An exterior view of McKelvy House as well as steps and flowers outside itThrough an interview with the fictitious evil rival Yvlekcm House, Weizhou Ding ’23 will lead the weekly McKelvy Scholars discussion on Sunday at 6 p.m., exploring what makes a person good or bad. Email the group for the Zoom link. Background for the talk:

I want us to talk about good and bad in a way that they do not have to be opposite to each other, and in a way that they do not have to be “good is good and bad is bad”. I hope we can have some new feelings towards good and bad at the end of the meeting.

Please prepare these questions for the Yvlekcm House interview:

  1. What kind of good people do you hate most? Who is the worst (baddest?) good person in your view? Who is the best (“goodest”?) bad person in your view? What’s the difference between them?
  2. Can good traits outweigh the bad, and vice versa?
  3. Identify two or three characteristics that you’d like to see in Yvlekcm residents.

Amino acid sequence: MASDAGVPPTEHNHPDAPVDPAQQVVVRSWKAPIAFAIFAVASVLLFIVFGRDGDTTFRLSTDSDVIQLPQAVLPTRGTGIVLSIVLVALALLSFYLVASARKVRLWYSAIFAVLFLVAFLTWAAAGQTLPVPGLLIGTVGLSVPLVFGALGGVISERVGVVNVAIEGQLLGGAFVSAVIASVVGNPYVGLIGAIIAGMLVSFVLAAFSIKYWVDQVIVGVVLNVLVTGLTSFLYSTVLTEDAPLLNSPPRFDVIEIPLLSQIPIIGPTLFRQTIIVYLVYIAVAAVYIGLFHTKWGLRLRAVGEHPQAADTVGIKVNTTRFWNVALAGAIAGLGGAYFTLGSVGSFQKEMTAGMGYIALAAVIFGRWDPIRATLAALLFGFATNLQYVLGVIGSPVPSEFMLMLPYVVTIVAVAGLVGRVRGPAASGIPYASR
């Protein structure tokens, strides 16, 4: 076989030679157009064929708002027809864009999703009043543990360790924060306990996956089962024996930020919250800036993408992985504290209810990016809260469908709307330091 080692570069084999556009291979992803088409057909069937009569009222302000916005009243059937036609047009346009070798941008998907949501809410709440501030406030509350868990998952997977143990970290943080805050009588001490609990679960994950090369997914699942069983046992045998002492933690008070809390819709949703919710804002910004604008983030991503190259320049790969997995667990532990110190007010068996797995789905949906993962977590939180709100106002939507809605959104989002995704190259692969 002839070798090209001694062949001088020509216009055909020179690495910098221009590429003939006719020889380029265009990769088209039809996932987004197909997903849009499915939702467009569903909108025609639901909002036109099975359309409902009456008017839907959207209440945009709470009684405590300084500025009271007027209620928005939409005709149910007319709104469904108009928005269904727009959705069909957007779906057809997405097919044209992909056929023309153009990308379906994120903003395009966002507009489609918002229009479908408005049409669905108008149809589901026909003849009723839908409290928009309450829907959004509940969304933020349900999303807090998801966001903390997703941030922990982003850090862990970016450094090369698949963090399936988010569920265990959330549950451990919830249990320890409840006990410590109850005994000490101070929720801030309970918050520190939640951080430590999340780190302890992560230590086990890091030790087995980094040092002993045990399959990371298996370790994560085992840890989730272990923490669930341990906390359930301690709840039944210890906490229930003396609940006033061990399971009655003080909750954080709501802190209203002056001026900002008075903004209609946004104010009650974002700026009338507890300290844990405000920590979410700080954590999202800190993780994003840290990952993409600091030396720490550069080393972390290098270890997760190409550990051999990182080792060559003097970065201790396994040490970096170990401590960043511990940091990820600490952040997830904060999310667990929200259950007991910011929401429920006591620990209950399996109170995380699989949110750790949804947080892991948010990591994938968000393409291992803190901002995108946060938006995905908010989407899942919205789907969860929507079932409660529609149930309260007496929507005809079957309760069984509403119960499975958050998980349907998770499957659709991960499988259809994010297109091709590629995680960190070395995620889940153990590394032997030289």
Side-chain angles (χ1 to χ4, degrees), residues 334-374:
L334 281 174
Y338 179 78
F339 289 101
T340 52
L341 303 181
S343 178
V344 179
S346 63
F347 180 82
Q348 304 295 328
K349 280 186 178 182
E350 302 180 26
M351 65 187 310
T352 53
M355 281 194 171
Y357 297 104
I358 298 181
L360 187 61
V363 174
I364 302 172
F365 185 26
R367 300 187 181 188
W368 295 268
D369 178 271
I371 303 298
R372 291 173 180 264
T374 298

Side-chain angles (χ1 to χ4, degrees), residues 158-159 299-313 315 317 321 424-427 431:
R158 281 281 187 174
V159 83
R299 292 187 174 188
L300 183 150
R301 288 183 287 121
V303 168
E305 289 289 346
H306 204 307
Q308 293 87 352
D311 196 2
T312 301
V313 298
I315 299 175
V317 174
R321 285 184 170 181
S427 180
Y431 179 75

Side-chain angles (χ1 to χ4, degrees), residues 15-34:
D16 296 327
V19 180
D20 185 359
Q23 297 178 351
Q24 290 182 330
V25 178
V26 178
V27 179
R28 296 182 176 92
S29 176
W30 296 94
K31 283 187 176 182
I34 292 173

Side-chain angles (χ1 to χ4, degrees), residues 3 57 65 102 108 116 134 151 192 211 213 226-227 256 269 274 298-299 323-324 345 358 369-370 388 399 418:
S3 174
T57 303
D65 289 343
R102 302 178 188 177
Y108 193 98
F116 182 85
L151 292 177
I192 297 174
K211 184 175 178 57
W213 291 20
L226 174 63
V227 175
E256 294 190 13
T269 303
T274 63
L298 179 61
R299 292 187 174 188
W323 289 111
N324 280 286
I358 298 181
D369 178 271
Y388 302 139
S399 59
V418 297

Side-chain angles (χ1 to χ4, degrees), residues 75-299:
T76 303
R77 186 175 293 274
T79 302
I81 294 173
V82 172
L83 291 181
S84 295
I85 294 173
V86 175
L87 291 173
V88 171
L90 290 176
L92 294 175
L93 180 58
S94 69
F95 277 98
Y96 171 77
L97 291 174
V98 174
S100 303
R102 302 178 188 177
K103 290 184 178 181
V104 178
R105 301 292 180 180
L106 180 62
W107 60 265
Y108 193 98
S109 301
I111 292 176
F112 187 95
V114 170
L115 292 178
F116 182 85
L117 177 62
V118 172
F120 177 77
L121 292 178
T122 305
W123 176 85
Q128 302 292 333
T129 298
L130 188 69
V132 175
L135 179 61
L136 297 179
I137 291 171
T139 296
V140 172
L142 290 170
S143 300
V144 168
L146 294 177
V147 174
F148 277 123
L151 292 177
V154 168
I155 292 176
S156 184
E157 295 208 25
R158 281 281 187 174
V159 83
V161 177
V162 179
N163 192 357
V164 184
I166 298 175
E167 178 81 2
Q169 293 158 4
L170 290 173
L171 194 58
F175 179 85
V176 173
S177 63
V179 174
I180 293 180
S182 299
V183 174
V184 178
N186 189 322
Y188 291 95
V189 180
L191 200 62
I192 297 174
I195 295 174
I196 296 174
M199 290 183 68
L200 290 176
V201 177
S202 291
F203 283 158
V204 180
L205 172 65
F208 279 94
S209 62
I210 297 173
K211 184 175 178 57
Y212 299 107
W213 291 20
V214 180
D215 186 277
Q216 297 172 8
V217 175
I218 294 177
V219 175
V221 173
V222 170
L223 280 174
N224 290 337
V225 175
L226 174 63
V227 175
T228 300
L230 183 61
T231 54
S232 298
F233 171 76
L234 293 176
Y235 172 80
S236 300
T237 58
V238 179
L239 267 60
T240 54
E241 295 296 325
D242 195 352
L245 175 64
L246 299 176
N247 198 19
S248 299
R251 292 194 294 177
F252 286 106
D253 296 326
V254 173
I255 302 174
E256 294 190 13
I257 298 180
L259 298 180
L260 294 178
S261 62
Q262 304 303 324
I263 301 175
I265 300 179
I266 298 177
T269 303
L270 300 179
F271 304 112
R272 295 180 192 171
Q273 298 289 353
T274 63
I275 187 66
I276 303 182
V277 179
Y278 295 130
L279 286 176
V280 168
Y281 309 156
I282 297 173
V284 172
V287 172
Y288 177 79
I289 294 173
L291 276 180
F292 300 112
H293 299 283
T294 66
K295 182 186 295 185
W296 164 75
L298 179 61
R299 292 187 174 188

4. If, say, you had the opportunity to use $1,000 for a non-research-related and morally questionable trip, how would you plan it? Where would you go, and how would you cover other expenses?
  5. Why do you think that you are qualified for Yvlekcm House? (I believe that you all have to make up some nonsense facts or experiences for this question, and it is totally fine if you want to share some real dark facts about yourself.)
  6. Feel free to speak more!

Are you still able to keep yourself sane after having those crazy thoughts? Or do you prefer the bad version of yourself more?

Let’s find it out together through a personality test on Machiavellianism, which is one of the dark triad traits (narcissism and psychopathy are the other two). Read more information. We will score others anonymously as a fun activity, and no need to worry, I will make sure you don’t have to leak any sensitive information if you don’t want to.

By exploring ways of trying to bad people, I hope we can get a better sense of the meaning of good. After the interview, we might be able to answer questions like “Are good and bad always opposite to each other?” What are the meanings of the word “good”?

We also might be able to talk about evil and other topics like moral nihilism.


The concept of evil

The Rhetorical Use of Values to Justify Social and Intergroup Attitudes

Moral Nihilism and its Implications

A Theory of Evil

Probing the Depths of Evil and Good

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